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Date : Mar 11, 2020
Monthly Bulletin for March 2020

The Reserve Bank of India today released the March 2020 issue of its monthly Bulletin. The Bulletin includes two Speeches, two Articles and Current Statistics.

The two articles are: I. Food Processing Industry in India: Challenges and Potential; II. Monetary Policy Transmission in India – Recent Trend and Impediments.

I. Food Processing Industry in India: Challenges and Potential

This article brings out the salient features of the sector, flags its potential and examines the scope for its higher growth in the medium run.

Highlights:

  • India is a major producer of several agricultural/food items in the world but only less than 10 per cent of that is processed.

  • Food processing industry has emerged as the highest employment provider among the industry groups. However, its share in manufacturing and total gross value added declined reflecting slower growth compared with other sectors of the economy.

  • Out of the total 17 sub-groups of processed food, India has revealed comparative advantage in 5 products, with grain mill products having the highest score.

  • The empirical analysis showed that credit has positive relationship with gross output and growth in capital expenditure of food processing sector.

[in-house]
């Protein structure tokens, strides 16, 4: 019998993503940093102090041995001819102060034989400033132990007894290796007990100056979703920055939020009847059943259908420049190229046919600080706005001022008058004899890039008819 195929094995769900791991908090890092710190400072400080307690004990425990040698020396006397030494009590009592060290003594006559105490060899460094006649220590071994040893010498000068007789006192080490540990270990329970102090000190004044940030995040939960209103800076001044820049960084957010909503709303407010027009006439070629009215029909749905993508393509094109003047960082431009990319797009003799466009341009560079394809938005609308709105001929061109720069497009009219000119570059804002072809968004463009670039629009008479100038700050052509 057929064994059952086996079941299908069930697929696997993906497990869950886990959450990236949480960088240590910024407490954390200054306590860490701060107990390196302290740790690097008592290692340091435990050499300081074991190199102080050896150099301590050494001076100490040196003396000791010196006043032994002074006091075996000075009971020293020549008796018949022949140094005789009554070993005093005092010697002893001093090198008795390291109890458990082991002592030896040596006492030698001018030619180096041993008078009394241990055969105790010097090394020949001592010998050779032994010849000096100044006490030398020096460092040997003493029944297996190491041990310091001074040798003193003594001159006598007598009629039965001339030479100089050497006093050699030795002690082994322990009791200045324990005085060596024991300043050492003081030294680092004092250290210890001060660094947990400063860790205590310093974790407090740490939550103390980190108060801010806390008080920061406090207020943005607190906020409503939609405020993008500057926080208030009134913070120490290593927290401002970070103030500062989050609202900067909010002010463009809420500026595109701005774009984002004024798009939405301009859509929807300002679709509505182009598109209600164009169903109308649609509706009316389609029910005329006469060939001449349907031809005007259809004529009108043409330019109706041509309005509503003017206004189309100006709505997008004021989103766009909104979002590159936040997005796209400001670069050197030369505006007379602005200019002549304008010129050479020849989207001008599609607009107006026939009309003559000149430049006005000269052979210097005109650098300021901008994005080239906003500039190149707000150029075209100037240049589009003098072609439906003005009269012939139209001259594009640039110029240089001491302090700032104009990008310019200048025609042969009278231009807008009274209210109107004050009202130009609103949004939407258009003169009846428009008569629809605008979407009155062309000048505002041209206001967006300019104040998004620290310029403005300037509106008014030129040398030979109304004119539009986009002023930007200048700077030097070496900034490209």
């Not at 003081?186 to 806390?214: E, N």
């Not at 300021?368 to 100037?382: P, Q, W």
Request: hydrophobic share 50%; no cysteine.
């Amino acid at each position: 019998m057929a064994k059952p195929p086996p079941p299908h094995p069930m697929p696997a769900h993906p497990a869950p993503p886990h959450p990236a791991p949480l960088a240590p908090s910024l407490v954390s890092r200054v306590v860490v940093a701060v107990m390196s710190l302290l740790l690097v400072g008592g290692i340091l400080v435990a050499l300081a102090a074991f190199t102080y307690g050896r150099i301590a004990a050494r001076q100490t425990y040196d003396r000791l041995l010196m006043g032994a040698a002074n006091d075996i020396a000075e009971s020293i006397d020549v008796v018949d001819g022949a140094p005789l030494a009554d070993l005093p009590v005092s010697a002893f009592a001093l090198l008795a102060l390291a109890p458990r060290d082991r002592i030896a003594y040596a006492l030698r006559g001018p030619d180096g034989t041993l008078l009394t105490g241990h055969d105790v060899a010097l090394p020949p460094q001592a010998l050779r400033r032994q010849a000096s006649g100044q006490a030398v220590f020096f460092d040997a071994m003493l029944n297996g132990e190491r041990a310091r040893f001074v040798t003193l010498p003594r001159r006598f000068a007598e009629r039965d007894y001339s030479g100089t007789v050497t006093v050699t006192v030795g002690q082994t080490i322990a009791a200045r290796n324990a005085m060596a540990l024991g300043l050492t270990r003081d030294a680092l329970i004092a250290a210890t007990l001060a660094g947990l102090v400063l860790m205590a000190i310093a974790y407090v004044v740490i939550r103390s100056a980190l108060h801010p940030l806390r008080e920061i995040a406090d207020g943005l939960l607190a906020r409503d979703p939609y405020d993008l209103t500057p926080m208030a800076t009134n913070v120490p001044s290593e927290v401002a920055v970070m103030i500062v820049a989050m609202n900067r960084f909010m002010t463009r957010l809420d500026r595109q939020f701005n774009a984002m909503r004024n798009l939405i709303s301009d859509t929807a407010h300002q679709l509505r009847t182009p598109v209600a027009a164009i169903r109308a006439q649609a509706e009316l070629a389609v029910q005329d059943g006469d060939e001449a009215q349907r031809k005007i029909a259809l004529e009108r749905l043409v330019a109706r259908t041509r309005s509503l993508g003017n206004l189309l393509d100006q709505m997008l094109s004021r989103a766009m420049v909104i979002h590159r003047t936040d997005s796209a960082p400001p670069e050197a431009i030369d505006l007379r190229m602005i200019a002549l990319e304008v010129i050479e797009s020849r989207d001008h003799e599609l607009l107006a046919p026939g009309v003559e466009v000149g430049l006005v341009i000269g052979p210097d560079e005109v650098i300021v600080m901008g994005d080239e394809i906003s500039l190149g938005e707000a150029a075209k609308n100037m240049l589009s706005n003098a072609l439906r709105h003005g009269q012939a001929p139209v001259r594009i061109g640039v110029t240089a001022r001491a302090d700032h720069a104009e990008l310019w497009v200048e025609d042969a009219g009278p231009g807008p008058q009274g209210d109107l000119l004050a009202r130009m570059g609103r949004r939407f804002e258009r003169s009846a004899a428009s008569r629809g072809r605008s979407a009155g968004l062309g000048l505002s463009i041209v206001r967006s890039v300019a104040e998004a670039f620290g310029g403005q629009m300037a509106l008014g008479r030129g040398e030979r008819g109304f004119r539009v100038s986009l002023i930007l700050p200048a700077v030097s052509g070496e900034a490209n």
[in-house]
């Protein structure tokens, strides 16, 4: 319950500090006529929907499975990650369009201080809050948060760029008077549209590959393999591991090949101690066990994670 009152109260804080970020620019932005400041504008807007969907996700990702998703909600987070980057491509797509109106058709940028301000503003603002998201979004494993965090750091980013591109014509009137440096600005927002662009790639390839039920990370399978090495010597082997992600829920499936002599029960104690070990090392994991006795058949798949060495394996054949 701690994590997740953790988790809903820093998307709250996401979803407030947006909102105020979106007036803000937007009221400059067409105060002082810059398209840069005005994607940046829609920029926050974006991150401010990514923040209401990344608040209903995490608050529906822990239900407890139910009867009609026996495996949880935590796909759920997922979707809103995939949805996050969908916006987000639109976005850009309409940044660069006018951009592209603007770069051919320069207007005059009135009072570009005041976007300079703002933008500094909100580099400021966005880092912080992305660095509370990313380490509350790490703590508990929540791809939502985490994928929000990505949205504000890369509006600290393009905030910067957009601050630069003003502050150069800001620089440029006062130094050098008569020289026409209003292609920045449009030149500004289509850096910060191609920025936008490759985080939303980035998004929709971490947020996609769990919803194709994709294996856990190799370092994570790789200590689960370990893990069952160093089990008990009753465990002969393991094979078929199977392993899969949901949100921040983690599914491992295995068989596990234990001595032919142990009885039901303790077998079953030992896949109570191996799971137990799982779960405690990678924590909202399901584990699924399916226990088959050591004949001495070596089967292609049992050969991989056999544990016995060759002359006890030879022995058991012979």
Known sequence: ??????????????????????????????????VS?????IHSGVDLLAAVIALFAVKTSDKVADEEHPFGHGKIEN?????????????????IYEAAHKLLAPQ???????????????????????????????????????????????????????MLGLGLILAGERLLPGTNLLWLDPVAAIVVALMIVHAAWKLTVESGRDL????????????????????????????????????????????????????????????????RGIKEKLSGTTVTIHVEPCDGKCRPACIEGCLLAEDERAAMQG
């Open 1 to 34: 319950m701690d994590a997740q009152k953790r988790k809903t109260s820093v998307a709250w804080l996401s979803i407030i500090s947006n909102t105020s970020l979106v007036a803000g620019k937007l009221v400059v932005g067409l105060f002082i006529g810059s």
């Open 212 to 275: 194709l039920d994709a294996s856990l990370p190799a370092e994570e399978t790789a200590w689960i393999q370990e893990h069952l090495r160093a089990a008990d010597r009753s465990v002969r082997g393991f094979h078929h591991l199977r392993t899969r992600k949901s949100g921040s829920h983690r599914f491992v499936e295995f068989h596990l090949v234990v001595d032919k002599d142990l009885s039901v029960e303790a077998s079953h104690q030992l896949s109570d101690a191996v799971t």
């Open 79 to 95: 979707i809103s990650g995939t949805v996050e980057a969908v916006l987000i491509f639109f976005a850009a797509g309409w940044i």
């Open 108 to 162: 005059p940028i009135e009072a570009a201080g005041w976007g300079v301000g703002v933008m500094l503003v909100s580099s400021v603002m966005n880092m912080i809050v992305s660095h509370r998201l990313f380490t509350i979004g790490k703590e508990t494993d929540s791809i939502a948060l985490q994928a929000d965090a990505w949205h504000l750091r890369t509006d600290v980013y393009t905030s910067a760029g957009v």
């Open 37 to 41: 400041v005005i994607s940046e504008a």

• With the bourgeoning urban and young population, demand for processed food items is set to increase in the coming years.

II. Monetary Policy Transmission in India – Recent Trends and Impediments

This article examines monetary policy transmission to various segments of the financial system in India with a special emphasis on transmission to banks’ deposit and lending interest rates during the current easing cycle since February 2019.

Highlights:

  • While transmission to money and bond markets has been swift and almost complete, the transmission to deposit and lending interest rates of banks has been delayed and partial.

  • Factors impeding quick and adequate transmission to banks’ lending rates include long maturity profile of term deposits at fixed interest rates, rigidity in saving deposit interest rates, relatively long periodicity of interest rate reset under the MCLR system, rigidity of administered rates of interest on small savings and high level of non-performing assets of banks.

  • There are early indications of an improvement in transmission in respect of sectors – personal loans and loans to micro and small enterprises - where new floating rate loans have been linked to an external benchmark, effective October 1, 2019. The quarterly periodicity of interest rate reset will also improve transmission to outstanding loans linked to an external benchmark.

Ajit Prasad
Director   

Press Release: 2019-2020/2046


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